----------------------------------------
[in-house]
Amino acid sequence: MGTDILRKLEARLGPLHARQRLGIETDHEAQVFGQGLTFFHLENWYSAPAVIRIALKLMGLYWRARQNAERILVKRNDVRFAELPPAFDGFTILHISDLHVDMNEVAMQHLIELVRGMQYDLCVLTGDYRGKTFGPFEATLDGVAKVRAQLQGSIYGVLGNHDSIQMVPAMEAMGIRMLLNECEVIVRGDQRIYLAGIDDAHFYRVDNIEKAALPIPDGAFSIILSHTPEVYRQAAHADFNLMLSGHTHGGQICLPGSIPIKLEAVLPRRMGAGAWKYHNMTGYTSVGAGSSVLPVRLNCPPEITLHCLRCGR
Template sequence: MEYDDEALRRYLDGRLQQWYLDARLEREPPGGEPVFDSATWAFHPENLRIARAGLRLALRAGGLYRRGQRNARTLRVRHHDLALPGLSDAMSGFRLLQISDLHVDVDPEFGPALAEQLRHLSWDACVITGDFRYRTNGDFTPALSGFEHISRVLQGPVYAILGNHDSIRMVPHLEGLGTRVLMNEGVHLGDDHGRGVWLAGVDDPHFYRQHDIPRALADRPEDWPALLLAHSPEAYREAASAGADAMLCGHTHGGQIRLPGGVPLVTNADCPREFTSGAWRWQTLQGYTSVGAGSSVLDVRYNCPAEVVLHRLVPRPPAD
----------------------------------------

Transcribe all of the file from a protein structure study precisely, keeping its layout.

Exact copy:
[in-house]
Amino acid sequence: MGTDILRKLEARLGPLHARQRLGIETDHEAQVFGQGLTFFHLENWYSAPAVIRIALKLMGLYWRARQNAERILVKRNDVRFAELPPAFDGFTILHISDLHVDMNEVAMQHLIELVRGMQYDLCVLTGDYRGKTFGPFEATLDGVAKVRAQLQGSIYGVLGNHDSIQMVPAMEAMGIRMLLNECEVIVRGDQRIYLAGIDDAHFYRVDNIEKAALPIPDGAFSIILSHTPEVYRQAAHADFNLMLSGHTHGGQICLPGSIPIKLEAVLPRRMGAGAWKYHNMTGYTSVGAGSSVLPVRLNCPPEITLHCLRCGR
Template sequence: MEYDDEALRRYLDGRLQQWYLDARLEREPPGGEPVFDSATWAFHPENLRIARAGLRLALRAGGLYRRGQRNARTLRVRHHDLALPGLSDAMSGFRLLQISDLHVDVDPEFGPALAEQLRHLSWDACVITGDFRYRTNGDFTPALSGFEHISRVLQGPVYAILGNHDSIRMVPHLEGLGTRVLMNEGVHLGDDHGRGVWLAGVDDPHFYRQHDIPRALADRPEDWPALLLAHSPEAYREAASAGADAMLCGHTHGGQIRLPGGVPLVTNADCPREFTSGAWRWQTLQGYTSVGAGSSVLDVRYNCPAEVVLHRLVPRPPAD